Bundaberg Canegrowers will be represented at a parliamentary committee hearing on Friday to discuss proposed legislation to further protect the Great Barrier Reef.
Manager of Bundaberg Canegrowers Dale Holliss said growers looked forward to outlining why proposed Reef regulations are unjustifiable in the Burnett Mary Region.
“The fact is we are outside the Great Barrier Reef Marine Park,” Mr Holliss said.
“The southernmost point of the reef is about 100km north of the Kolan, Burnett and Mary catchments where we grow cane.
“More importantly, because of the southerly direction of East Australian Current it is physically impossible for any of our runoff to affect the reef.”
Mr Holliss pointed to a long track record of the region's growers participating in voluntary programs aimed at improving farming practices and delivering environmental, social and economic benefits to the region.
“This was recognised by the State Government in 2009 when we were exempted from the legislation brought in at that time,” Mr Holliss said.
“We work closely with the Burnett Mary Regional NRM Group and have staff with environmental, agronomic and irrigation qualifications to help our growers meet their duty of care requirements.
“There is no scientific or environmental justification to include this region and it is an unnecessary cost to the public purse and to the growers in the region.”
Mr Holliss said the contribution of cane growing to sediment and nutrient export was minimal due to the adoption of trash retention and other best practices.
“At least 70 per cent of our runoff goes through a settling pond before it leaves the farm and 80 per cent of our farms have nutrient management plans,” he said.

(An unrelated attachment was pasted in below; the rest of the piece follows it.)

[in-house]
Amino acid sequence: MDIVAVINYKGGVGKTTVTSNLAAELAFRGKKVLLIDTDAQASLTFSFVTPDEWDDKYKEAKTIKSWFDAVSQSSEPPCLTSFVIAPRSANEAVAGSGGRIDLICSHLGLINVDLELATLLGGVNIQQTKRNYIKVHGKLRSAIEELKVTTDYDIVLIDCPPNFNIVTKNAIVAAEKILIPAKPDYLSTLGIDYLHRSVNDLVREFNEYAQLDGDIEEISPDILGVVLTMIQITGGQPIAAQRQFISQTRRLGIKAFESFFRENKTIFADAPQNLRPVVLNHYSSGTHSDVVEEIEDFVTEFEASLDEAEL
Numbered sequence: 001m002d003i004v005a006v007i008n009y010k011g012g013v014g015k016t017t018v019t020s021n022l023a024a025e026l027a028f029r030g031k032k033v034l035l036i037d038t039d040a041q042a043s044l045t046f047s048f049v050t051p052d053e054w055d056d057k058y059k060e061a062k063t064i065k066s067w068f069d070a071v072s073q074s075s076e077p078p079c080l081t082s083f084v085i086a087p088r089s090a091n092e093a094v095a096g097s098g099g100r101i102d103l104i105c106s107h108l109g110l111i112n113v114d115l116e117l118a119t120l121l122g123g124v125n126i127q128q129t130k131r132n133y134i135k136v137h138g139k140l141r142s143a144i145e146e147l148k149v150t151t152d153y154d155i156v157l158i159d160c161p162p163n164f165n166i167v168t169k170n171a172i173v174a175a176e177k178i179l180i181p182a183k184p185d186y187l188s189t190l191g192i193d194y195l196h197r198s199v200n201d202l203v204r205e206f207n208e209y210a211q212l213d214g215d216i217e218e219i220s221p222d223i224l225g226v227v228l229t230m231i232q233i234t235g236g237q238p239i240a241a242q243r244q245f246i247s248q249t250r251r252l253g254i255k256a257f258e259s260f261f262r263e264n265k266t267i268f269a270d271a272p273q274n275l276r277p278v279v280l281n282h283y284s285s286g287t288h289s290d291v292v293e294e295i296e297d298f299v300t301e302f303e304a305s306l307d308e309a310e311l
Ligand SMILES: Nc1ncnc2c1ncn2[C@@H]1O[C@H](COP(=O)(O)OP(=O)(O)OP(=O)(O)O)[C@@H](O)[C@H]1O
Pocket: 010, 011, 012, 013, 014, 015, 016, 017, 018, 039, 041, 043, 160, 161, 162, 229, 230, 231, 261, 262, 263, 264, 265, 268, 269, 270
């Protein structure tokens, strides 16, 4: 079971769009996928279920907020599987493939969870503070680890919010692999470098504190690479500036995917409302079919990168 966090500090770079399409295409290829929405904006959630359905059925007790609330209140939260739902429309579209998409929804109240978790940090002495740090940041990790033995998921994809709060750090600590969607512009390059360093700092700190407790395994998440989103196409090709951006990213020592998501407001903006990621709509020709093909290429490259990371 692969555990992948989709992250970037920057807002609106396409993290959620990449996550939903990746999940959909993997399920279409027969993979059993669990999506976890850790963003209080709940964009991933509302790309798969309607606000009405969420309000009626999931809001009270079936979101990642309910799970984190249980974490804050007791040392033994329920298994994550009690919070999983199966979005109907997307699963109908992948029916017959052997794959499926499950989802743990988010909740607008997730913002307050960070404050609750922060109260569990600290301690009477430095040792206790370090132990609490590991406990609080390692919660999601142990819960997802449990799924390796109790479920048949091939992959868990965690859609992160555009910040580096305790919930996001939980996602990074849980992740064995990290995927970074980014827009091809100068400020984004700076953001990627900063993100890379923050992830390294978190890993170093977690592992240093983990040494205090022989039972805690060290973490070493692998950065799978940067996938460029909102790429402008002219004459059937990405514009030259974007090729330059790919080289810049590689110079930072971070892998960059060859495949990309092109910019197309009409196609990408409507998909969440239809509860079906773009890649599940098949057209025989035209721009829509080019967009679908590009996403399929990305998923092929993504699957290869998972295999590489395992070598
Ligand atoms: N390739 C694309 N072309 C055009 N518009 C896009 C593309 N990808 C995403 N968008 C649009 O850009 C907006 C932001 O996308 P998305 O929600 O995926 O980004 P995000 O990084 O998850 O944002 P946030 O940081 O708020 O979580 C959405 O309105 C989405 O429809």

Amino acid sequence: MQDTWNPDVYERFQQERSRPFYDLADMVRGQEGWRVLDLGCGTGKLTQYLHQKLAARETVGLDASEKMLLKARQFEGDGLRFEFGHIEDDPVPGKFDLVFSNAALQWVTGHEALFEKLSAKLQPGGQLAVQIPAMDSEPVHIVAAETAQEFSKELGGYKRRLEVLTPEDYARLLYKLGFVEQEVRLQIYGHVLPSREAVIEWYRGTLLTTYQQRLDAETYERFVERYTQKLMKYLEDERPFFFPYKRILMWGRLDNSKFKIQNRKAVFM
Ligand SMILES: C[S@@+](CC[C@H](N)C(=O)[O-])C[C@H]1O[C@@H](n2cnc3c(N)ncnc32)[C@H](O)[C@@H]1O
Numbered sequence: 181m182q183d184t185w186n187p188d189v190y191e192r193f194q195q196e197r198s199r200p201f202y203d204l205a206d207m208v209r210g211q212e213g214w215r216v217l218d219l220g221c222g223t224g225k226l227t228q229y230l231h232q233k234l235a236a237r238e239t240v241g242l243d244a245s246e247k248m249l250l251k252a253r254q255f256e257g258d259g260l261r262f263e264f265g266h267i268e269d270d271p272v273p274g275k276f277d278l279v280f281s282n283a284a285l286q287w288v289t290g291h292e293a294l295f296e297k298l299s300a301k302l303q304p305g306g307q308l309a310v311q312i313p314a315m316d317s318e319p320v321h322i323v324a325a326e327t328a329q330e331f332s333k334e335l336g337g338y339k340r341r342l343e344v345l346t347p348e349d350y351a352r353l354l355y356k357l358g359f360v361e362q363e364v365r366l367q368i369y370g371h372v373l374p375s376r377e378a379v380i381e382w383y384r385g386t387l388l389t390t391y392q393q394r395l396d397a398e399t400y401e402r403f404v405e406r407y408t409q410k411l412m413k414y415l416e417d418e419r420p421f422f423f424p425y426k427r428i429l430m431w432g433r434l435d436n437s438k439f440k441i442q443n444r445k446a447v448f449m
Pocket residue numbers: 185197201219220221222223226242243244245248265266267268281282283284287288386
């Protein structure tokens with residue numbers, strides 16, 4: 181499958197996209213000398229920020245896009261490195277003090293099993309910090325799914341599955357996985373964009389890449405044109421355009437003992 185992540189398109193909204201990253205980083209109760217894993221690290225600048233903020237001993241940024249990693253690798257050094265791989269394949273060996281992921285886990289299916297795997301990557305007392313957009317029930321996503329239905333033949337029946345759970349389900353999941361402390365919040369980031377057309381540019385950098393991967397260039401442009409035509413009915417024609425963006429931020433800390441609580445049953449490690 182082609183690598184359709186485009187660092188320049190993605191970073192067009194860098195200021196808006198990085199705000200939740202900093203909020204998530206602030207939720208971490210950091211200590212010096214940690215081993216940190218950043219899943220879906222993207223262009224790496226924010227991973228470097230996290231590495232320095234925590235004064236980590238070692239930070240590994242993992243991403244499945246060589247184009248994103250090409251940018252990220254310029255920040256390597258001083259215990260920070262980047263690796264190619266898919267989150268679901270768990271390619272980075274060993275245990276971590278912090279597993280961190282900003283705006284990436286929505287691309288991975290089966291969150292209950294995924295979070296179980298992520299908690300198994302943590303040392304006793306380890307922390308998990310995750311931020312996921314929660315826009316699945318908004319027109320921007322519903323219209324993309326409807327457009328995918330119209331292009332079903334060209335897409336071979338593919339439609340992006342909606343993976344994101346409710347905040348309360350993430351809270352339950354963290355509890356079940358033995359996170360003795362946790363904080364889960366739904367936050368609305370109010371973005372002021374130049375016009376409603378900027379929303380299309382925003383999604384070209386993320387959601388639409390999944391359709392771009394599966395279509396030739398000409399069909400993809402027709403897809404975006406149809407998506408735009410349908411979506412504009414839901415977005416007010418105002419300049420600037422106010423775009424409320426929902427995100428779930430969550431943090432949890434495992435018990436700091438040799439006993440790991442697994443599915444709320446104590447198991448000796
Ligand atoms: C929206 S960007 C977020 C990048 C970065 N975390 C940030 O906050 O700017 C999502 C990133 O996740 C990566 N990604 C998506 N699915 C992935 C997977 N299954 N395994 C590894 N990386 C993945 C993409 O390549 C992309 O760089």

According to Mr Holliss, including the Brisbane, Nerang and Murray Darling Basin catchments would make about as much sense and provide as much benefit to the Reef.
Chair of Parliament's Innovation, Tourism Development and Environment Committee, Duncan Pegg MP, has invited community members, local businesses and industry groups directly impacted by the Environmental Protection (Great Barrier Reef Protection Measures) and Other Legislation Amendment Bill 2019, to have their say.
The Bill aims to help protect the Great Barrier Reef by regulating water quality across all Reef catchments, focusing on limiting nutrient and sediment runoff from agricultural and other environmentally relevant activities.
“It is important that we hear from individuals and organisations who would be directly impacted by the proposed changes to law,” Mr Pegg said.
“Poor water quality has been shown to have significant adverse impacts for the health of the Great Barrier Reef.
“Measures to improve water quality were recommended by the Great Barrier Reef Water Science Taskforce and are essential for Queensland to meet its water quality targets under the Reef 2050 Water Quality Improvement Plan.
“This Bill aims to protect Queensland’s natural wonder, the Great Barrier Reef, by improving water quality so that the reef can remain a global icon for generations to come.”
- The Bundaberg hearing will be at the Burnett Riverside Hotel on Friday, 12 April from 11am to 1.30pm. People wishing to attend are asked to register interest.